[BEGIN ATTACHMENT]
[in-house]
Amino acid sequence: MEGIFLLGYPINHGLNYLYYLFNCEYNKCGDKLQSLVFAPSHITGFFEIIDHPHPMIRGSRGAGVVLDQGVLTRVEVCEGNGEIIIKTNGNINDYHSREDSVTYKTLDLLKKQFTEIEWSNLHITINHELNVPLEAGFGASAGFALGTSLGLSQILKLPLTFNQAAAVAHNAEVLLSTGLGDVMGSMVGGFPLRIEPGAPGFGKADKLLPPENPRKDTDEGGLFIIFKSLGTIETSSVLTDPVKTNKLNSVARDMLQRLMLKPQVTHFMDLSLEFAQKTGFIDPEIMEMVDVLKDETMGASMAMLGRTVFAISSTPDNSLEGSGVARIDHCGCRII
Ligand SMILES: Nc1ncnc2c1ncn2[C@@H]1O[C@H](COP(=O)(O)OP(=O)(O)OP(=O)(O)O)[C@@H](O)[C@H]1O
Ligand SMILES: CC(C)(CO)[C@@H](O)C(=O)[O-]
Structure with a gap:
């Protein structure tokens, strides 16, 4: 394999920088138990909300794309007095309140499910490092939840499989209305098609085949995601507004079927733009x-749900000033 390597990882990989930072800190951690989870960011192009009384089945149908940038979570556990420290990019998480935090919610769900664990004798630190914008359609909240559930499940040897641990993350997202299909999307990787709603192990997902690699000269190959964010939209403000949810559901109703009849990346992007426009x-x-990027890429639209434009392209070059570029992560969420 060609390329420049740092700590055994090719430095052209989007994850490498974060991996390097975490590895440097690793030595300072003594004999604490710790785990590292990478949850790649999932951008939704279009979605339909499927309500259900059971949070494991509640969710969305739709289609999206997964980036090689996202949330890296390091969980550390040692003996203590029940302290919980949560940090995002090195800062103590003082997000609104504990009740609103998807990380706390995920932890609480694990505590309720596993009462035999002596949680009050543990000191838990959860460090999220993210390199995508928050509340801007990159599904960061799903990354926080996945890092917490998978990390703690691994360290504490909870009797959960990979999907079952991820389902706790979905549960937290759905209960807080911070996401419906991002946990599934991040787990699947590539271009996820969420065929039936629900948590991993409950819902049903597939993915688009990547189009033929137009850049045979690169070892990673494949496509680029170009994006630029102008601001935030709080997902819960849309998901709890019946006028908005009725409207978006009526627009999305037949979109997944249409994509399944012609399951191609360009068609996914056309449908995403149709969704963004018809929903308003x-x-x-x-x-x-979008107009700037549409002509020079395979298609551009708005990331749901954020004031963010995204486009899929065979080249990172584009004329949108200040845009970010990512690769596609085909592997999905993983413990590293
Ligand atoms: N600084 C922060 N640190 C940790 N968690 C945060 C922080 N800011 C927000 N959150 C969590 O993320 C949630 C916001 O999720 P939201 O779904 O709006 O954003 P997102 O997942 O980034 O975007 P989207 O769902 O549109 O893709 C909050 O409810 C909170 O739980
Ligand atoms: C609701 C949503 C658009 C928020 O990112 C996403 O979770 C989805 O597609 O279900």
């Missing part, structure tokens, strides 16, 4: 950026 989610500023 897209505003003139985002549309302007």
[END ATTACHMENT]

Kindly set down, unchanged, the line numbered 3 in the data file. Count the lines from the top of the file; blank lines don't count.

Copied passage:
Ligand SMILES: Nc1ncnc2c1ncn2[C@@H]1O[C@H](COP(=O)(O)OP(=O)(O)OP(=O)(O)O)[C@@H](O)[C@H]1O